• Heart Diseases: Obesity puts added strain on a dog's heart, increasing the risk of heart diseases like congestive heart failure.

  • Osteoarthritis: The additional weight carried by obese dogs puts stress on their joints, leading to a higher incidence of osteoarthritis and joint pain.

  • Respiratory Problems: Obesity can result in breathing difficulties in dogs, making physical activities even more challenging.

  • Decreased Mobility: Obese dogs may struggle with mobility, which can reduce their overall quality of life.

  • Skin Problems: The folds of skin in obese dogs can create an environment prone to skin infections.

  • Increased Anesthetic Risk: Obesity can increase the risk associated with anesthesia and surgery.

It's essential for dog owners to monitor their pets' weight and body condition regularly. Obesity can often be prevented or managed with proper diet, exercise, and lifestyle choices. Owners should consult with veterinarians to determine the ideal weight and dietary requirements for their dogs and develop a plan to maintain a healthy weight. Regular exercise, controlled portion sizes, and the avoidance of excessive treats or high-calorie foods can all contribute to preventing and managing obesity in dogs, ultimately ensuring their health and longevity.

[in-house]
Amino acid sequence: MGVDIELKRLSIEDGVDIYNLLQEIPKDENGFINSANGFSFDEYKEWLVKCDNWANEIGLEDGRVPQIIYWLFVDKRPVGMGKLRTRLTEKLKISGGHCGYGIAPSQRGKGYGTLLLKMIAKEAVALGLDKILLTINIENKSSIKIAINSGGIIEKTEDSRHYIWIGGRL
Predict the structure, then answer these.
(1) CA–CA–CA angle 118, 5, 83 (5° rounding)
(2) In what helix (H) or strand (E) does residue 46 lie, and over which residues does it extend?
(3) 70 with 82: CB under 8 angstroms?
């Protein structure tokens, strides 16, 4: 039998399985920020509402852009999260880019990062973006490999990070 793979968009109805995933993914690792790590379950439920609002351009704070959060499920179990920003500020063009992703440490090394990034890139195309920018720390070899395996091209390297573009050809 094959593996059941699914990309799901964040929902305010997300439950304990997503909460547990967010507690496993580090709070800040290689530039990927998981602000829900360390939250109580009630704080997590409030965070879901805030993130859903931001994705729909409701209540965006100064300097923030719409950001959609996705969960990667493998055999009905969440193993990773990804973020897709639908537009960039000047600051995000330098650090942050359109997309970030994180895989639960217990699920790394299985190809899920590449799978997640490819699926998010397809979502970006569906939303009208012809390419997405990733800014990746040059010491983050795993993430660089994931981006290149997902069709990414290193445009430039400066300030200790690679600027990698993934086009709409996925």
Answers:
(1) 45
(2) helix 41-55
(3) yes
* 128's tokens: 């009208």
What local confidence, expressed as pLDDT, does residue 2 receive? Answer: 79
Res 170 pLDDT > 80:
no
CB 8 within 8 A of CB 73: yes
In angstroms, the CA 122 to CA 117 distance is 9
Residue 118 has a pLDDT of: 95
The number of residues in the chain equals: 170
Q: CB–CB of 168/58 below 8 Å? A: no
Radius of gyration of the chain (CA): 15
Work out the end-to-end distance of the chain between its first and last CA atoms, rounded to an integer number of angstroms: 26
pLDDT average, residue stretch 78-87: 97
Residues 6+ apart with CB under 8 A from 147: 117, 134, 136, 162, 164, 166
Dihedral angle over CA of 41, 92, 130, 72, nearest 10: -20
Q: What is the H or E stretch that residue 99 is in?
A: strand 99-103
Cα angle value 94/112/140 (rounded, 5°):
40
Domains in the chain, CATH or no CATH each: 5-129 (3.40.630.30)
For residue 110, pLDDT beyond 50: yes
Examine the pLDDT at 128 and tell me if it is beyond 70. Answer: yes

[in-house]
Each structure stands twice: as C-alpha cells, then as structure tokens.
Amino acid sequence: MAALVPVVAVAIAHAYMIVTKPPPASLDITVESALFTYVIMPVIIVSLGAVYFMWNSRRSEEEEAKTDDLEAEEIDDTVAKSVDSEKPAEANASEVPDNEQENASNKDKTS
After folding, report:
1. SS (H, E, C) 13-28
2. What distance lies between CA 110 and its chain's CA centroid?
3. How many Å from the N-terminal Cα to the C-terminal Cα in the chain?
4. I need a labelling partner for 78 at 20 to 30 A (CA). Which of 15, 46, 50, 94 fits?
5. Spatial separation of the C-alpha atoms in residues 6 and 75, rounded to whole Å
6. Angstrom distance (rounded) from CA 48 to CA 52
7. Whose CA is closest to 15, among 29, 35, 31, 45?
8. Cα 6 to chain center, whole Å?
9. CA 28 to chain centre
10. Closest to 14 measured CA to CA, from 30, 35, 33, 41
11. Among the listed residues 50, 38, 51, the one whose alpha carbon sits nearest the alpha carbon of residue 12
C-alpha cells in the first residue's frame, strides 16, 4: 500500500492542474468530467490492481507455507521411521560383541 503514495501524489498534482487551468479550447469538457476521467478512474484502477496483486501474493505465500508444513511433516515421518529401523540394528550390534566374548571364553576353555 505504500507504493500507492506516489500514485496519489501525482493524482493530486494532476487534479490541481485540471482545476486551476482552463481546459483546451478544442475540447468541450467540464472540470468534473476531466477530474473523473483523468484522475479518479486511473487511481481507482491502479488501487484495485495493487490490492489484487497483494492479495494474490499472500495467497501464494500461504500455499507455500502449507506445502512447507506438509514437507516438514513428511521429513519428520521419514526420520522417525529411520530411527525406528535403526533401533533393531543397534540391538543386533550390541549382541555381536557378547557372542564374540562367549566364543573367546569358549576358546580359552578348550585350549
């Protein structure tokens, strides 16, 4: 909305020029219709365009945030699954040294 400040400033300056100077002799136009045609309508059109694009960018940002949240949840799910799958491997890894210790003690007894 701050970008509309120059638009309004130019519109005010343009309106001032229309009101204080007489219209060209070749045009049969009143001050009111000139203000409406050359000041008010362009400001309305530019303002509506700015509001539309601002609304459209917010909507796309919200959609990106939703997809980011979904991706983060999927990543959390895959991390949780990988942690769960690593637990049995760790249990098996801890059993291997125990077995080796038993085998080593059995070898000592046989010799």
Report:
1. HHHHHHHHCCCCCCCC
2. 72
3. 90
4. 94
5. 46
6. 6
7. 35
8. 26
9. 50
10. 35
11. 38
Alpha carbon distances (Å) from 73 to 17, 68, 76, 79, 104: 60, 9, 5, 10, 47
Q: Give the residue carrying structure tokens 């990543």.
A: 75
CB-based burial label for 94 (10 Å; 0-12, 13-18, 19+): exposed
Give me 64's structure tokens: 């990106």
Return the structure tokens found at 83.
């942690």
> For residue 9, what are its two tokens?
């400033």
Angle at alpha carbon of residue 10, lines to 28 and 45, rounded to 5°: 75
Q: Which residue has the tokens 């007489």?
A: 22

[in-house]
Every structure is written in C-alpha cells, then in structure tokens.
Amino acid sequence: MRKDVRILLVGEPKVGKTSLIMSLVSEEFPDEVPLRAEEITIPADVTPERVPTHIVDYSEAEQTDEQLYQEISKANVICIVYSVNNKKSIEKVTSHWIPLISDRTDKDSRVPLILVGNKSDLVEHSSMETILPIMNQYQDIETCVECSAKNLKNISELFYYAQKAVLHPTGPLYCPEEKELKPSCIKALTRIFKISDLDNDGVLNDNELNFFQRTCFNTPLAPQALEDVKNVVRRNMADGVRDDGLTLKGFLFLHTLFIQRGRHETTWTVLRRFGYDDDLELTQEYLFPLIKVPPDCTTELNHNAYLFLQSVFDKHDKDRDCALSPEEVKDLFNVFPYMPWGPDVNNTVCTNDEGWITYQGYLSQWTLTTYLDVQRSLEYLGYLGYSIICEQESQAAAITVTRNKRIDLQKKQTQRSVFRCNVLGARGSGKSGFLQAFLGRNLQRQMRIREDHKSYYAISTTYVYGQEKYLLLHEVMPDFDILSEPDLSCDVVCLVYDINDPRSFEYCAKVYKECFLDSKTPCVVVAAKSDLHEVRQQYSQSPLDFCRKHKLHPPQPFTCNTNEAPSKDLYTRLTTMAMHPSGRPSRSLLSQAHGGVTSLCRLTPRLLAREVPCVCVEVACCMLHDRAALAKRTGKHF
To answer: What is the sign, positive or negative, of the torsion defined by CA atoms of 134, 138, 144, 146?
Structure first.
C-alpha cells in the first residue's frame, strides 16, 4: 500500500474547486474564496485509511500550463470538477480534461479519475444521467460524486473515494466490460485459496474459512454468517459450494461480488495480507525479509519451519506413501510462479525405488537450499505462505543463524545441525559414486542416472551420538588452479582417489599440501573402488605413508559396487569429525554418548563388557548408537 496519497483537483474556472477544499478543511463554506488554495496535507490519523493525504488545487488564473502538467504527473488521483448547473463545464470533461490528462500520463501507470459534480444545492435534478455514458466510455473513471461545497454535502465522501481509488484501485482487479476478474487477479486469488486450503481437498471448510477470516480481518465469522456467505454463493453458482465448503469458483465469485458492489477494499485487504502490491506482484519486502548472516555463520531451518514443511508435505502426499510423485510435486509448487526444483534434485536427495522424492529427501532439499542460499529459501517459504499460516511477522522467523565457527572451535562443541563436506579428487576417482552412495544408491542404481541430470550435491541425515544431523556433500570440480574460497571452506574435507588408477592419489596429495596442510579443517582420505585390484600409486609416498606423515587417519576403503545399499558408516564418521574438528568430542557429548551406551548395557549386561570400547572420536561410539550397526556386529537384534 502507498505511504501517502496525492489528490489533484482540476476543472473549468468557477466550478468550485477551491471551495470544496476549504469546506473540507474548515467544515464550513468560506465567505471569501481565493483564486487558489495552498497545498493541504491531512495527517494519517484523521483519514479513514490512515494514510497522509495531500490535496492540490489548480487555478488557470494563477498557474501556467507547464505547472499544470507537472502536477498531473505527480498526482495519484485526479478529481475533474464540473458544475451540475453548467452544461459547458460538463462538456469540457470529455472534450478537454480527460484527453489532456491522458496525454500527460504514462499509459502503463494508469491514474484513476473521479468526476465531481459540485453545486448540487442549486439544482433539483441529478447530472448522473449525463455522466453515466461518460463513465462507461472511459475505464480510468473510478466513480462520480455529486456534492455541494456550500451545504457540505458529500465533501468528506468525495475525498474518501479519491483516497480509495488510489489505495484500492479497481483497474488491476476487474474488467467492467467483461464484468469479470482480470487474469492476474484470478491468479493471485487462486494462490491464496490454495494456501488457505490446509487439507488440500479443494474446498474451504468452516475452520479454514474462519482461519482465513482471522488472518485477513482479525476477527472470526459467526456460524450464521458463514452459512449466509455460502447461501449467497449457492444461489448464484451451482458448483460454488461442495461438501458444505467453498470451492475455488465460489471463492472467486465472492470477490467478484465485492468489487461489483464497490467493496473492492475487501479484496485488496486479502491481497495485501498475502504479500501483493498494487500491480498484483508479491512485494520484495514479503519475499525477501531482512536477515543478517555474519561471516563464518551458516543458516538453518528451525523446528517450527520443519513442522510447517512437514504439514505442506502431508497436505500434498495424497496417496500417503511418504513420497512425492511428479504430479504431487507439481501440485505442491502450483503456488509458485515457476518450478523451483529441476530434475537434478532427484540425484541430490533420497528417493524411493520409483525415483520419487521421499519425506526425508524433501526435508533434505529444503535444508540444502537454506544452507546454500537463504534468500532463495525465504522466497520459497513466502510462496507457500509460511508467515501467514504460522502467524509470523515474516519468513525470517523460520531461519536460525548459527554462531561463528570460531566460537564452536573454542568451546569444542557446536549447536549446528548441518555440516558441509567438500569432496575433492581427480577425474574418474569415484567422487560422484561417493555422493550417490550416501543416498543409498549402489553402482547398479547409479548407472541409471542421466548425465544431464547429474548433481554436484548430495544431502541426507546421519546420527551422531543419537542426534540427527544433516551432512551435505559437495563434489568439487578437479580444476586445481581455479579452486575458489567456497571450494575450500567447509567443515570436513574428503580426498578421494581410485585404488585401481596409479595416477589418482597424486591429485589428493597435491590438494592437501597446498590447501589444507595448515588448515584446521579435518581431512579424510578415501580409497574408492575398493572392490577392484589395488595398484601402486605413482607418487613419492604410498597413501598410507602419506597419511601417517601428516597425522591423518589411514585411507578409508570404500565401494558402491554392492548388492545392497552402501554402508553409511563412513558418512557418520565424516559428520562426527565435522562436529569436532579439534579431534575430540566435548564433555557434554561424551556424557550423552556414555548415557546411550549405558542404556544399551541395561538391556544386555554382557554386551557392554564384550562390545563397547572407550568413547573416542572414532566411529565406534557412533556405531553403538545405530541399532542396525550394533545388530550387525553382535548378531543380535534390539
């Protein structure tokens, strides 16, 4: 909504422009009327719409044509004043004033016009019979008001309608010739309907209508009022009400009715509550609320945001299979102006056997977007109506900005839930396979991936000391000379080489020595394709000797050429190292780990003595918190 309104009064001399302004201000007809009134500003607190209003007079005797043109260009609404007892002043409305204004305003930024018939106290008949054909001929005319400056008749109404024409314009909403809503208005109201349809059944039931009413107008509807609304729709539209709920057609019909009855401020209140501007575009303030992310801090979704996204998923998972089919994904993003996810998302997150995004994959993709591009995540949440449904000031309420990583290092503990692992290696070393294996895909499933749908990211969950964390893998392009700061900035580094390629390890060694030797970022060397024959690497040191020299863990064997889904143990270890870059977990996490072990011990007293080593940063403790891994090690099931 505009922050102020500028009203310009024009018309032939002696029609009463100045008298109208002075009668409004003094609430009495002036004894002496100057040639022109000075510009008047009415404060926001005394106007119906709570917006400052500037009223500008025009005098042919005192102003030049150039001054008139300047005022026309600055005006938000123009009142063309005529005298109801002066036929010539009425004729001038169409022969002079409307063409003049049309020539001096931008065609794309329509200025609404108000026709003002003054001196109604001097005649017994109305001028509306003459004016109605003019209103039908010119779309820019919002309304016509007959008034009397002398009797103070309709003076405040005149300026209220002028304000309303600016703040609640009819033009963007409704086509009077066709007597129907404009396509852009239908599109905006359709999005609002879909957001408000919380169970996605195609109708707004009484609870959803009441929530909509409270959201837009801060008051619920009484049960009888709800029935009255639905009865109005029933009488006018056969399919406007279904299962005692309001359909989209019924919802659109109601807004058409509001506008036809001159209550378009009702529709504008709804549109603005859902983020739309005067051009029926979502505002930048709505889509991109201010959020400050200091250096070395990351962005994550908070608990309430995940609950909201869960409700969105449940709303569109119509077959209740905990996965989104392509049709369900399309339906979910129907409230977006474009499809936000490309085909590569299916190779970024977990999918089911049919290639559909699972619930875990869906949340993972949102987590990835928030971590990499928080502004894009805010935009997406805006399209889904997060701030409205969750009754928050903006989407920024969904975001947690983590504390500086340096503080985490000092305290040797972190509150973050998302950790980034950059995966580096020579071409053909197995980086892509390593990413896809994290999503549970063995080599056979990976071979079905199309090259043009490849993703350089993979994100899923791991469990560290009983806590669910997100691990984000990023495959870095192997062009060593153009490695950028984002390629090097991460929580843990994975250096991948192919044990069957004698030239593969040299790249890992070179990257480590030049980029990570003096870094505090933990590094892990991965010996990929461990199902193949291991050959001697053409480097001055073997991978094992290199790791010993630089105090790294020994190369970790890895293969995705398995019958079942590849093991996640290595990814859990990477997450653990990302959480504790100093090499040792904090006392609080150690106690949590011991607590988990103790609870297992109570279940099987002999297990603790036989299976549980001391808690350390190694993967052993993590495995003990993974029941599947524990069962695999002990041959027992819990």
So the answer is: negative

Body Condition Scoring for Weight Status

Body condition scoring (BCS) is a practical and straightforward method used by veterinarians and pet owners to assess the overall health and weight status of a dog. It involves visually and physically evaluating a dog's body to determine whether they are underweight, at their ideal weight, overweight, or obese. This scoring system typically assigns a numerical value from 1 to 9 to categorize a dog's body condition. Each number represents a different level of fatness or thinness.


Here is a more detailed breakdown of the BCS process and the four categories it encompasses:

  • Underweight: Dogs with a BCS of 1 to 3 are considered underweight. They will generally have prominent bones and little body fat. Underweight dogs may exhibit a visibly bony appearance, a lack of muscle mass, and may appear lethargic or malnourished.

  • Ideal Weight: A BCS of 4 or 5 indicates that a dog is at their ideal weight. These dogs have a balanced amount of body fat, and their ribcage is palpable but not prominently visible. Their waist is visible from above, and they have a well-proportioned body shape. Dogs in this category tend to be active, healthy, and maintain their weight well.